In terms of crypto, FTX US, eToro and Bit Digital have announced plans to expand in Miami. MoonPay and Orca Capital already have office space. Blockchain.com decided to move its U.S. headquarters from New York City to Miami. As the Blockchain.com CEO Peter Smith said:

Miami was an easy choice for us. It's the gateway to Latin America. It's on the East Coast time zone. And more importantly, it's probably the most excited city in the world about crypto right now.

Miami’s Proximity to Latin America

Proximity to Latin America is important in the world of crypto. Citizens of developing countries and unstable economies love the decentralized nature of crypto because it gives them what their countries often cannot - some semblance of financial security. It is no wonder why crypto adoption is soaring in these countries.

Four countries of the 2021 list of top 20 crypto adopters are based in Latin America: Venezuela, Argentina, Colombia, and Brazil. Miami firms already have strong financial connections in each of these jurisdictions. Their proximity also gives them an advantage over other competing U.S. cities.

Cost of Living in Miami

New York Mayor Eric Adams can try to compete with Miami Mayor Francis Suarez on who will take more of their salary in bitcoin, but one thing he will probably never compete on is cost of living.

There is a cost of living differential, which is about two-to-one right now. It's twice as expensive to live in New York as it is in Miami. - Miami Mayor Francis Suarez

Mayor Suarez also highlighted that Miami had reduced its real estate taxes “to the second lowest level since the 1960s”, the city has more room for development than New York City, and S&P Global Ratings recently upgraded some of its credit ratings on Miami bonds.

Cultural Offerings and the Beaches

Miami is a vibrant city. It has one of the best food scenes in America, energetic nightlife, and professional sports (even Formula 1). The city loves the arts - just ask the regulars who attend Art Basel each year.

If the new age of crypto finance bros are anything like the old guard, they will need a place to live, work, and play. Miami offers it all. Including beaches, New York.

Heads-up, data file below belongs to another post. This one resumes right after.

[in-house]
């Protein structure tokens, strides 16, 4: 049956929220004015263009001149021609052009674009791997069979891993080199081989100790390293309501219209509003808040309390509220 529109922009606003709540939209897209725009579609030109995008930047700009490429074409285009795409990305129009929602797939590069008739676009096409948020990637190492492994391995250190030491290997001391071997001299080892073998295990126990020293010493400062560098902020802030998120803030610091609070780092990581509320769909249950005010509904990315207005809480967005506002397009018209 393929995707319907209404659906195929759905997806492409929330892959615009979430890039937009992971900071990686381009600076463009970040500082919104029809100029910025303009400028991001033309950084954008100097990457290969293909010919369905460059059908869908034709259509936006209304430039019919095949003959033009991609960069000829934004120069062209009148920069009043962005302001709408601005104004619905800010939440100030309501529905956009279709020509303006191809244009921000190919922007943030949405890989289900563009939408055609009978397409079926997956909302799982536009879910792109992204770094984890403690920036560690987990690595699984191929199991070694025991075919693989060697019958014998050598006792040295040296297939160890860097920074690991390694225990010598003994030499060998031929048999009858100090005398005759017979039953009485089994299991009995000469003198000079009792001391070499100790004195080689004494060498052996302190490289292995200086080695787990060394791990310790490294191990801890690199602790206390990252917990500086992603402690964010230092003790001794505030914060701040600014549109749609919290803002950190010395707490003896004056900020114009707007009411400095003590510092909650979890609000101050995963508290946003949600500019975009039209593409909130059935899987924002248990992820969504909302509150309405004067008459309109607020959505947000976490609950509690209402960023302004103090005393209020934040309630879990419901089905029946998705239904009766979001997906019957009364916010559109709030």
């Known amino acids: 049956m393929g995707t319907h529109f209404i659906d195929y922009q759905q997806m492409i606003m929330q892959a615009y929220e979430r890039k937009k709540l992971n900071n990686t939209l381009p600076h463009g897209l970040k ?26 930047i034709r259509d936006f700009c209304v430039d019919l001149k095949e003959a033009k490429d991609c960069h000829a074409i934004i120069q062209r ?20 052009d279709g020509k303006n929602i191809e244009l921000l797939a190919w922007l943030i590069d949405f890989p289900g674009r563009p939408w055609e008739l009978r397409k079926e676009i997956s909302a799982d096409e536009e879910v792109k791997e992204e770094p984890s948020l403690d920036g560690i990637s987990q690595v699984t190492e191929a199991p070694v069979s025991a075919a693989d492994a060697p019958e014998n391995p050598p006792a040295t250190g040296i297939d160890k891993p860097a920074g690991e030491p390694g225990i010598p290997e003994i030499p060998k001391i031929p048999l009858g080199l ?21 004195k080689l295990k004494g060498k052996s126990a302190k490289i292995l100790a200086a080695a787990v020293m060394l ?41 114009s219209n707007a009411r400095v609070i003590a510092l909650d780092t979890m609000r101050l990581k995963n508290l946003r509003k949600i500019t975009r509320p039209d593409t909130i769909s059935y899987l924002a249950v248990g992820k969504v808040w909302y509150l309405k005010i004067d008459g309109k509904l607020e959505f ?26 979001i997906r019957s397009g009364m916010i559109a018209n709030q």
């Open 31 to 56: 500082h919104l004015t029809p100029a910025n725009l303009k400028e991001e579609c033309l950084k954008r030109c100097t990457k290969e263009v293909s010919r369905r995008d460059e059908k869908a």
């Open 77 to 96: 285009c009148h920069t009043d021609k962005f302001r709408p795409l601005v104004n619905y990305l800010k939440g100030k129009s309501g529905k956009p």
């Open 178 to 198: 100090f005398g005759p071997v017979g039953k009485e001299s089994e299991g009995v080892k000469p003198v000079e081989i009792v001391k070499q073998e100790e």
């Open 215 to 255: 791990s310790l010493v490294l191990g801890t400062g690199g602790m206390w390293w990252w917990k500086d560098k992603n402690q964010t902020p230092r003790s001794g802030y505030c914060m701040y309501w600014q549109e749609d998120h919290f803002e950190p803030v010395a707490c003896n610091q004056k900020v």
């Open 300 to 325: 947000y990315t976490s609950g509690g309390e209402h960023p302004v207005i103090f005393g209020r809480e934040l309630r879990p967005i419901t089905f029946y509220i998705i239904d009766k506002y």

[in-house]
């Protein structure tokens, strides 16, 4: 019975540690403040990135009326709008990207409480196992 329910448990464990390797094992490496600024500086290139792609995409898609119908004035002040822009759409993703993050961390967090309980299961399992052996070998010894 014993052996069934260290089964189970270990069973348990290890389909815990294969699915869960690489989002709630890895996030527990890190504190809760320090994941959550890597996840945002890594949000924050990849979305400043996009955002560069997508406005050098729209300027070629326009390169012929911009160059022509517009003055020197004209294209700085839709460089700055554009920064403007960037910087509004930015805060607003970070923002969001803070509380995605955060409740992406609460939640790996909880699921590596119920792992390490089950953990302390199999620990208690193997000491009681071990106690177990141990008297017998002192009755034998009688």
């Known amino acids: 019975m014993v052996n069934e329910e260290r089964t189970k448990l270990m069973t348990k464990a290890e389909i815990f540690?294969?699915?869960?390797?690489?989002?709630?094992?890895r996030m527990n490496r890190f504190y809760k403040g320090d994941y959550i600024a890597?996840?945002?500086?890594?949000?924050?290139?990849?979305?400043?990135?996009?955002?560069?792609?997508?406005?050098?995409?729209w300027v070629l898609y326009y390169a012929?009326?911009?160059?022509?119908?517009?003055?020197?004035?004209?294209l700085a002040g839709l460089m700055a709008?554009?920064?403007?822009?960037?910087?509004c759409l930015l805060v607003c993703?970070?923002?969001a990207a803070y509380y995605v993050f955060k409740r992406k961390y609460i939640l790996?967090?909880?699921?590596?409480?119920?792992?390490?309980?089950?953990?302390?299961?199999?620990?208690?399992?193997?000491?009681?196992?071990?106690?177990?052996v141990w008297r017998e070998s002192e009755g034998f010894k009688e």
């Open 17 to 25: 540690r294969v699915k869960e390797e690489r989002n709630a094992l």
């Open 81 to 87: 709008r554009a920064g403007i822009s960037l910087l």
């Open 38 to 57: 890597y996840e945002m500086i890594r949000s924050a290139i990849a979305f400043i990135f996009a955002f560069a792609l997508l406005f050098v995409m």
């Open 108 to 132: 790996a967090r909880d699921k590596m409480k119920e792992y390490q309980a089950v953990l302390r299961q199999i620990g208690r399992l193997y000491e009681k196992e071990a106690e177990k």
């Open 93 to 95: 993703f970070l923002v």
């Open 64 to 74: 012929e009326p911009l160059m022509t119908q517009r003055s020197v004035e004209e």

A City Crazy About Crypto

Mayor Suarez said it himself: “Crypto is incredibly important to the future of the city, and to how we are positioning ourselves right now. We really have created the epicenter for crypto.”

New York City will not go down without a fight though. On election day, Mayor Eric Adams tweeted that “NYC is going to be the center of the cryptocurrency industry and other fast-growing, innovative industries. Just wait!” The city has even hosted panels like “Making New York the Crypto Capital.”

New York also has two major advantages over crypto-crazed Miami. First, almost every traditional finance firm is getting into crypto, including banks, broker dealers, and buy-side clients. Second, New York has a stronger technology ecosystem with some of the best schools in the country (Columbia, NYU, Cornell Tech) and a strong talent pool. Big Tech firms have bought up thousands of square feet of NYC office space even amidst the pandemic. California arguably has the same existing technology ecosystem advantage as well.

Nevertheless, Miami has more to offer for the crypto industry’s future. From the taxes and commercially friendly regulatory environment, to the city’s lower cost of living and proximity to Latin America, it has a unique mix of advantages that New York and California cannot offer. Add to the mix Miami’s overall energy and enthusiasm for crypto, and you have yourself an entrepreneurial playground. And the future crypto capital of America, if not the world.

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Lawyer, political scientist, and enthusiast.